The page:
It's time for an OSHA seal of approval
April 14, 2011
Occupational safety regulation needs to emerge from the 19th century concept that employers have to right to privately injure employees, and instead use the sunshine of modern public transparency to spotlight employer’s risk based safety performance. This is the Public’s Right To Know. The concept is that if safety performance can become an accepted part of how the public perceives and responds to any company doing business, this creates an incentive to manage occupational safety and health beyond that which OSHA can generate through direct regulation and enforcement. If the public is added as an active stakeholder in occupational safety and health performance it will “triangulate” the ongoing labor-management tug-of-war that has marked OSHA’s history since its inception, and many powerful and positive non-regulatory results can be created to significantly improve occupational safety in the United States and even the world.
Public participation would be generated using two main elements, internet transparency coupled with a safety brand icon. OSHA would be the natural entity to manage the creation and ownership of a nationally recognized occupational safety brand by creating an icon that any company or entity can use for their own marketing purposes, if they meet certain basic OSHA-specified criteria.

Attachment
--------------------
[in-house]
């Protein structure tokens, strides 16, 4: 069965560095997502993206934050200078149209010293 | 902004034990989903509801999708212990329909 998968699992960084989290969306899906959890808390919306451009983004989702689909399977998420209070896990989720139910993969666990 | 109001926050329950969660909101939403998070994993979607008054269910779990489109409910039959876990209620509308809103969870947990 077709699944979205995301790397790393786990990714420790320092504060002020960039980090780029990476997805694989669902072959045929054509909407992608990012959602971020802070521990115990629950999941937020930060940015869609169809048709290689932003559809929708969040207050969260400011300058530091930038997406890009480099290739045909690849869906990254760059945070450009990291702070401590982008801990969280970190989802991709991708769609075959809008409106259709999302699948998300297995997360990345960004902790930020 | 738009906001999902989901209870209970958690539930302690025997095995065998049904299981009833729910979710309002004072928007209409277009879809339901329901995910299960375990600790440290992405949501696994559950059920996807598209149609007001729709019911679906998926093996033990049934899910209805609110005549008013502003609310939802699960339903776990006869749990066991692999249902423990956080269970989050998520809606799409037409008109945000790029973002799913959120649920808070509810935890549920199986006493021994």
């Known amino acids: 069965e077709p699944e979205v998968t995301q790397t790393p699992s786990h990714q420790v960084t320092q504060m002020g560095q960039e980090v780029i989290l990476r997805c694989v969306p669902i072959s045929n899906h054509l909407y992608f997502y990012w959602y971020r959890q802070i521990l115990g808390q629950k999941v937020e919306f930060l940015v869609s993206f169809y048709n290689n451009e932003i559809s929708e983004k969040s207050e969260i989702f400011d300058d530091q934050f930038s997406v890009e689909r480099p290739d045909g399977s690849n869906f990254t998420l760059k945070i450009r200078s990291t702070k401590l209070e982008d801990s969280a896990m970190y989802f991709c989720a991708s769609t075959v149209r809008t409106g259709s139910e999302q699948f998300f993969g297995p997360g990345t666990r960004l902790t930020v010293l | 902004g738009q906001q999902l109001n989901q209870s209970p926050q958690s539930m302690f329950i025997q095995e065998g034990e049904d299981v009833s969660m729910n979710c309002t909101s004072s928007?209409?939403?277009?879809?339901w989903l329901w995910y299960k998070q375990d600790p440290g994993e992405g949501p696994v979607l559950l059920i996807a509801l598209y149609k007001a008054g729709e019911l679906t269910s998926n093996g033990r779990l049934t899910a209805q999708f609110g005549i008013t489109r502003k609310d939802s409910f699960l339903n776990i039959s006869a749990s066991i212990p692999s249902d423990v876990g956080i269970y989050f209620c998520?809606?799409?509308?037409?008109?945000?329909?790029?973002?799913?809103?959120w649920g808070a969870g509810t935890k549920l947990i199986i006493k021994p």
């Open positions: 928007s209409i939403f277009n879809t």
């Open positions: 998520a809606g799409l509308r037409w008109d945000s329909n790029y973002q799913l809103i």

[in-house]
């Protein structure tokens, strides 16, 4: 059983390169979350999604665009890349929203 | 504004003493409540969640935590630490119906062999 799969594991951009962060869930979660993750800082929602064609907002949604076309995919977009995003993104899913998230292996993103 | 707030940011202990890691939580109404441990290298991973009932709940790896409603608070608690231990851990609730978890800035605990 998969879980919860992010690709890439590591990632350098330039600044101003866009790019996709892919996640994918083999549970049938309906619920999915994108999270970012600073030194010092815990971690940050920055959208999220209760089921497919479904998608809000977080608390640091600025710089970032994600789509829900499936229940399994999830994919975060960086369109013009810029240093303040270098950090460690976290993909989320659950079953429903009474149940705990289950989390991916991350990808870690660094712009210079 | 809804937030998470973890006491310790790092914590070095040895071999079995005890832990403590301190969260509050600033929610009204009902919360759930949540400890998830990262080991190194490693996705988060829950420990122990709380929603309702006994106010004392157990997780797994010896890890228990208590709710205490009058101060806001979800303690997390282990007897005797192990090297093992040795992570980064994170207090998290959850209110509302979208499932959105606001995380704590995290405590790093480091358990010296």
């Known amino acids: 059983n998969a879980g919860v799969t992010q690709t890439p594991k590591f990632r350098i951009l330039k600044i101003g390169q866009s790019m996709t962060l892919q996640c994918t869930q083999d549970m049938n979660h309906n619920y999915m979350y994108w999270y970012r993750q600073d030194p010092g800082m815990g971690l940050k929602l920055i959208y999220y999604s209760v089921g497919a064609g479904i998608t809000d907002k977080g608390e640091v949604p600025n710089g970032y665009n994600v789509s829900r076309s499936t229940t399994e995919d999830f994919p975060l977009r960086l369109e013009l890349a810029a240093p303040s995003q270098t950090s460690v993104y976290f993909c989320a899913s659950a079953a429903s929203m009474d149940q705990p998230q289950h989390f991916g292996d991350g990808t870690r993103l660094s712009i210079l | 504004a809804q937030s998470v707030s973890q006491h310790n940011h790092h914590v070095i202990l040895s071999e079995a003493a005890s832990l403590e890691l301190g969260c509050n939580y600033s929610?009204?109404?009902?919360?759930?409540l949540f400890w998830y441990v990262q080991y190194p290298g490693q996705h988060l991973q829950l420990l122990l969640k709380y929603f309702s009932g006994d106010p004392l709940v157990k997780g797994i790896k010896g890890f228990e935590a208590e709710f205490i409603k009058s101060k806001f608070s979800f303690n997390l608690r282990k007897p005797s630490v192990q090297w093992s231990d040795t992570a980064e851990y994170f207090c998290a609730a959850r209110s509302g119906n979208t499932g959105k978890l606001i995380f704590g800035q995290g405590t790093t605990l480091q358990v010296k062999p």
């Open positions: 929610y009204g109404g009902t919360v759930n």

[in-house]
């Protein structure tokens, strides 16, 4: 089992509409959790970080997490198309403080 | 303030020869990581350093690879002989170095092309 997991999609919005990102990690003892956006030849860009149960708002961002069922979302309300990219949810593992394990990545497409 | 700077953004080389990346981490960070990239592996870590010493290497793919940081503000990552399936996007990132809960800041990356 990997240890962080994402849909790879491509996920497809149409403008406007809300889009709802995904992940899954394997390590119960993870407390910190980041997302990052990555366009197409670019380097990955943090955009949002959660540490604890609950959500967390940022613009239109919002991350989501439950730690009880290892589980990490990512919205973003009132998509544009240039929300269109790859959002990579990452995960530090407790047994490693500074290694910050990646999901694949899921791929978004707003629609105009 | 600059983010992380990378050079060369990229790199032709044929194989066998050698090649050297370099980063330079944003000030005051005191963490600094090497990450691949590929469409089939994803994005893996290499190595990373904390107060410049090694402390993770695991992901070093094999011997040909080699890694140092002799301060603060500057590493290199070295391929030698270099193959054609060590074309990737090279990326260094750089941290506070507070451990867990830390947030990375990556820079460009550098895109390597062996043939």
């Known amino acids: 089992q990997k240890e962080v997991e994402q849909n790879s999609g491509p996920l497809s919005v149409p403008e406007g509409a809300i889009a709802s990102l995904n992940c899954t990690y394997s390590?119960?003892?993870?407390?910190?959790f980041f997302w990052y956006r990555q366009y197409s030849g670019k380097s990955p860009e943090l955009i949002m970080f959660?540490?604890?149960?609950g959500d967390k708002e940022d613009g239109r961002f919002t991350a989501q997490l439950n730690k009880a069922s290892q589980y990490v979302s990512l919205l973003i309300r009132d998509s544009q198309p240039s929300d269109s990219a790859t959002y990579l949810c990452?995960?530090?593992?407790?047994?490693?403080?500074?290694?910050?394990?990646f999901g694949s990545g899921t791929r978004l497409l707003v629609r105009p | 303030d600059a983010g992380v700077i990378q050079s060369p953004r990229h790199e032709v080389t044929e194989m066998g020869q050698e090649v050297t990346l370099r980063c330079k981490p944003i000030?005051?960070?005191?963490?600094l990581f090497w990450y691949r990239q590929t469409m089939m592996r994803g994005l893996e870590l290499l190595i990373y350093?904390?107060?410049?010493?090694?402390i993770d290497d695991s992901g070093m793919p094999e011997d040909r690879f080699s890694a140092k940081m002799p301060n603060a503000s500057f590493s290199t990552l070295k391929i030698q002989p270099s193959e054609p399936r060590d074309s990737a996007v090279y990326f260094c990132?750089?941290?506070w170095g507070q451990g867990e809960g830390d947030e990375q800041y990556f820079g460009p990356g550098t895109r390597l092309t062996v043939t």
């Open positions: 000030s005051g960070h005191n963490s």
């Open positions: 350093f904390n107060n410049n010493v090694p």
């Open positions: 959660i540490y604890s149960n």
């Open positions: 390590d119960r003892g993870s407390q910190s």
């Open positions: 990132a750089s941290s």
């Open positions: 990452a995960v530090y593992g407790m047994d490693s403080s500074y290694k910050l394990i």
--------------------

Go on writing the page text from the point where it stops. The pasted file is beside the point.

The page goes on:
For the purposes of this discussion, I use the term “OSHA SAFE” for the brand icon. This brand and icon would be very similar to EPA’s now familiar “Energy Star” or the newer “Design for the Environment.” These EPA icons are widely recognized by the public as a brand to assess their consumer products as either energy efficient or composed of the safest chemicals in their class.
OSHA can get worker safety into the public eye by encouraging companies who to trade the right to use the OSHA Safe logo on their product and marketing by voluntarily meeting certain performance criteria set by OSHA. This would give the public the opportunity to assess at a glance, when comparing products from automobiles to toothpaste, which products are made by companies that have essentially “less worker pain and suffering” built into the product. This branding icon would be a voluntary free market incentive that aligns the company’s marketing and financial interests with those of their employees’ safety.